It’s a typical winter morning with a sky dark as night and a middle-schooler taking too long. As I stand waiting for my coffee to brew, I realize my test results have been posted. It’s quick, as I just had my MRI the day before. I decide not to open until all three drop-offs are complete. Number one daily rule: always caffeinate first.
As a reader of a blog all things motherhood, you might assume these results have to do with baby-making, baby-having, or baby-raising. Not today. Remember, we all have life moments and events that shape us, and some occur prior to our precious littles. These results reflect something that’s been inside of me for 20+ years, and this month is a time in Michigan to raise awareness for so many like me.
I have multiple sclerosis, most commonly referred to as MS.
MS is one of those diseases that typically you’ve become familiar with because someone you hold dear faced a diagnosis, a supporting character you love has it, or you really don’t have a clue what it’s about. We know our readers land somewhere across these camps, and we want to be a part of the education and support surrounding this unpredictable and often disabling disease.
The test results I’m waiting for will show if my MS is still in remission. I have been fortunate in my journey with this disease, but this was not always so. I was on the brink of my 20s (way back in 1995) when my symptoms began. Triggered by a back injury, I slowly started to experience numbness, tingling, and eventually severe weakness in both of my legs; just a few of the many things that can happen to your body during a MS exacerbation (or flare-up).
We didn’t know why this was happening, but we knew it wasn’t good. We speculated there was a disc issue or pulled muscles affecting my nerves, but it quickly became clear to the doctors it was more than that. After a series of tests (MRI, a spinal tap, and evoked potentials), it was determined that I had MS. It happened fast and furious and it was a game-changer.
Some of the details around that time are unclear. I’m not as young as I used to be, and maybe I’ve blocked some of it out to protect myself, but I’ll never forget the confirmation call. I was in my bed – walking was nearly impossible at this point. My mom offered me the phone. I couldn’t. I was so young. I was so scared. Google wasn’t yet a verb and the bodies of this disease were represented by Annette Funicello and Richard Pryor. Look them up. I felt hopeless.
All results confirmed a positive diagnosis.
Would I ever walk again? Would the feeling come back in my legs? Will everyone always look at me with that new face of pity? Will I be a burden to my family? Will I ever have my own family? Will this new man in my life that I adore stay by my side, or will it just all be too much?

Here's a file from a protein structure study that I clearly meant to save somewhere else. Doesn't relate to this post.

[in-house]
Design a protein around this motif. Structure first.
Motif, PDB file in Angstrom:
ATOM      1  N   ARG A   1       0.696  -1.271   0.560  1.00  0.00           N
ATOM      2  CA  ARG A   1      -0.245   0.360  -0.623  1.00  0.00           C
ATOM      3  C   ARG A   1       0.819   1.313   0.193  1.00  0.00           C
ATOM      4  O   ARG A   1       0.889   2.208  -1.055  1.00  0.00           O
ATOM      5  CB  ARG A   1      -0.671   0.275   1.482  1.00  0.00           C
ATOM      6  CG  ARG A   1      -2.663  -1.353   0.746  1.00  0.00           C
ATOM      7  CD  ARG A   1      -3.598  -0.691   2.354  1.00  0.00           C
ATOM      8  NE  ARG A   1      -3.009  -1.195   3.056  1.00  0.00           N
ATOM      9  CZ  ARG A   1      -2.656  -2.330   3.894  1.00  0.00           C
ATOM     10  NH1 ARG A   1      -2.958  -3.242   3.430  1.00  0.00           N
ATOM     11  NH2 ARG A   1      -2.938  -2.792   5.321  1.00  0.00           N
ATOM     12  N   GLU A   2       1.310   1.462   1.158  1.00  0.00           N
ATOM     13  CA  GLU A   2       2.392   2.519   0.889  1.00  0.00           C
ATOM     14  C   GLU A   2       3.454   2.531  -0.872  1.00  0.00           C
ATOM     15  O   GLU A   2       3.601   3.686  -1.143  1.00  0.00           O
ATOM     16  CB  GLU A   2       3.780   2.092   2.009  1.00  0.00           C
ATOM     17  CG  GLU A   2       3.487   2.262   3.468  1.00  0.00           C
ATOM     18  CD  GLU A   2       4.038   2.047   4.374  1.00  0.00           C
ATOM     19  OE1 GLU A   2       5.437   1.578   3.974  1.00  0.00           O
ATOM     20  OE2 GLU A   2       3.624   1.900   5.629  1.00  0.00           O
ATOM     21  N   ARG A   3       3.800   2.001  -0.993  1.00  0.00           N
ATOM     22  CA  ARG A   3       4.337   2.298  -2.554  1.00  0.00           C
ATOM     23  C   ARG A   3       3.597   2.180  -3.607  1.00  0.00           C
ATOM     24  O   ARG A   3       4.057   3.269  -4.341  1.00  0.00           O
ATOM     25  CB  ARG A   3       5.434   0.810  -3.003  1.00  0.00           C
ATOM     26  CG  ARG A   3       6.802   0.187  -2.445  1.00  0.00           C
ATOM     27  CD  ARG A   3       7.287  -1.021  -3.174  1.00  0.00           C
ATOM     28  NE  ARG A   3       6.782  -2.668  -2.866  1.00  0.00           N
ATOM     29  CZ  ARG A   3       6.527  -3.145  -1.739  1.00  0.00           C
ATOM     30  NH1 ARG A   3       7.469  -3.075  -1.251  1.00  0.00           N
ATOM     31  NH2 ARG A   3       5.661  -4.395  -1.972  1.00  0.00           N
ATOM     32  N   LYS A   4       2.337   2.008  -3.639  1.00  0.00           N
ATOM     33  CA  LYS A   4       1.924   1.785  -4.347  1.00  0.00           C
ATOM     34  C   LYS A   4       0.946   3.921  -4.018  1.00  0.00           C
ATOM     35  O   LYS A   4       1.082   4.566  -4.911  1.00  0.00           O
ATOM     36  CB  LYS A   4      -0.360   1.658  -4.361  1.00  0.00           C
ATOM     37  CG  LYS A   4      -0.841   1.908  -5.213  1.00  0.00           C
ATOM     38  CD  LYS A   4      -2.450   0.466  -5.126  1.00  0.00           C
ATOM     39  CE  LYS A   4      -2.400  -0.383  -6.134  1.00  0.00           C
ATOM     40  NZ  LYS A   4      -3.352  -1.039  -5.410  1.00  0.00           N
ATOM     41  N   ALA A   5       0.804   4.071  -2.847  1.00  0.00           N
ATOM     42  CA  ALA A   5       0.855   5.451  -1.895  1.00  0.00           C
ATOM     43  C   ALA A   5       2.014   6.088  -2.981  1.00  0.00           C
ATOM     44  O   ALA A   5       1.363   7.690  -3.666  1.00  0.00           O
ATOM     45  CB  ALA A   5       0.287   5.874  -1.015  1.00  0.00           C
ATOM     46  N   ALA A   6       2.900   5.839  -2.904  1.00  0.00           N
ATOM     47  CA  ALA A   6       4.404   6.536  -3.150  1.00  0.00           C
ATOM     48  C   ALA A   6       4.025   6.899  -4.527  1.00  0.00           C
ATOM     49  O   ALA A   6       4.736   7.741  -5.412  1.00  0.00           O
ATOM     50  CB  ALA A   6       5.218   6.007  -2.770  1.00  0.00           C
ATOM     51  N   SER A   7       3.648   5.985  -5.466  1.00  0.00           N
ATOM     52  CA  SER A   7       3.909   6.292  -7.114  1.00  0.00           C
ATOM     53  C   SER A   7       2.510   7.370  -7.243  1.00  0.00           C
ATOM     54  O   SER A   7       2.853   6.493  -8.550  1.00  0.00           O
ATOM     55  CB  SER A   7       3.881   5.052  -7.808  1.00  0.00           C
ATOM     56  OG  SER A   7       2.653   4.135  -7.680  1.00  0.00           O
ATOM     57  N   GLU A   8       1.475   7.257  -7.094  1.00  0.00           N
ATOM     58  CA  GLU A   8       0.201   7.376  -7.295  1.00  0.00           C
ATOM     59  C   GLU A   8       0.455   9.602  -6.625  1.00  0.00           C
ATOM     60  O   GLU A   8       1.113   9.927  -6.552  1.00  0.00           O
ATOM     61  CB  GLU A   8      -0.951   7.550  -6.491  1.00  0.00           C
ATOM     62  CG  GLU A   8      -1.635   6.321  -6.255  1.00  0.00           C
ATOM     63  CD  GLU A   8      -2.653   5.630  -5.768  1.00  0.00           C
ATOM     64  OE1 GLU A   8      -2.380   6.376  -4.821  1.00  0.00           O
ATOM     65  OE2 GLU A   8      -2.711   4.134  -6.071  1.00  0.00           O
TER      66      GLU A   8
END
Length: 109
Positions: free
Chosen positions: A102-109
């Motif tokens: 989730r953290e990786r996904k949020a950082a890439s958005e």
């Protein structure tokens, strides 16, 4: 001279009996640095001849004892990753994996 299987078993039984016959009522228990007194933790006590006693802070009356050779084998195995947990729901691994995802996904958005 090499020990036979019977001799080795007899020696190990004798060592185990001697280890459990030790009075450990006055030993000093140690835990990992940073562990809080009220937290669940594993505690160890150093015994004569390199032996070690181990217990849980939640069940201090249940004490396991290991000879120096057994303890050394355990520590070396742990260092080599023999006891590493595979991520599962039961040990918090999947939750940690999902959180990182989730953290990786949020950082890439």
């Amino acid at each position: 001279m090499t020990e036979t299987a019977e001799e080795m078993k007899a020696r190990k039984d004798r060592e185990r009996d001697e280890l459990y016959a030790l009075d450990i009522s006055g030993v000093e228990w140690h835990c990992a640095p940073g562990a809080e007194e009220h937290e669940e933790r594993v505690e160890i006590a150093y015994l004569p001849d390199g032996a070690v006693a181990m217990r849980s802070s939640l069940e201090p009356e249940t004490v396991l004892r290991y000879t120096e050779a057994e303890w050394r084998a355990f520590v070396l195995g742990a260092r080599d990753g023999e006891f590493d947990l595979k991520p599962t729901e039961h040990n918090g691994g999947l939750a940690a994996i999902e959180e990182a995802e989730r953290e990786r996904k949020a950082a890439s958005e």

I cried and cried and cried.
Now that we knew what was happening, it was time for treatment. I’m not sure if you’ve ever experienced the wrath of steroids, but oh my gosh. Six weeks of mood swings, night sweats, bad dreams, having my face blow up like a heffalump, and non-stop eating (seriously, I never stopped). But, necessary it was.
I got back on my feet and recovered. Until the next time, less than a year later. A severe case of the flu triggered a new gaggle of symptoms. This time it was my upper half. I couldn’t see straight. Everything felt sideways. I vividly remember trying to put in my contacts. My brain kept forcing the lens against my forehead, rather than my eye. It didn’t make sense.
MS is like that. It feels like it doesn’t make sense. It lives in the central nervous system and disrupts the flow of information within the brain, and between the brain and the body. According to the National MS Society, it is thought to be an immune-mediated disorder, in which the immune system attacks healthy tissue in the CNS. These attacks are extremely unpredictable and vary greatly from person-to-person.
After a brief hospital stay, I went home that Christmas Eve morning with an IV bag filled with more steroids. I dreaded it, but they somehow worked again. With the support of my loving family, I dug deep and found my strength, my faith, and went on to live a normal life.
Mine is just one MS story; one person’s experience (so far) with a disease that affects 2.5 million people worldwide, including 400,000 Americans. Like many others, I have more years (God willing) to know that all could change. Thankfully, for now, those results did show my disease has not progressed. There are no active lesions on my brain or spinal cord, but only a trail of scar tissue left behind (sclerosis).
As I process this information, I am grateful over 20 years later to know the answers to all of those questions.
Yes, I did walk again. I actually ran two half-marathons, and I’m considering my third this year.
The numbness in my legs and feet never fully returned. I do have balance issues, but I’ve adapted.
I know now those faces of pity were only filled with love.
How could I possibly be a burden to my family when I’m taking care of my own
And, that new guy I talked about, he stuck with me. We’ll be married 19 years this May.
I hope my story is one that brings hope to those newly facing, or in the midst of the battle, with this incurable disease. I am thankful everyday my arms and legs still work. I also try to remember we are all people with scars and burdens to face, you just can find mine on an MRI.
Do you have any personal experience with MS?
If you would like more information about Multiple Sclerosis, or want to learn about MS in your community, click here: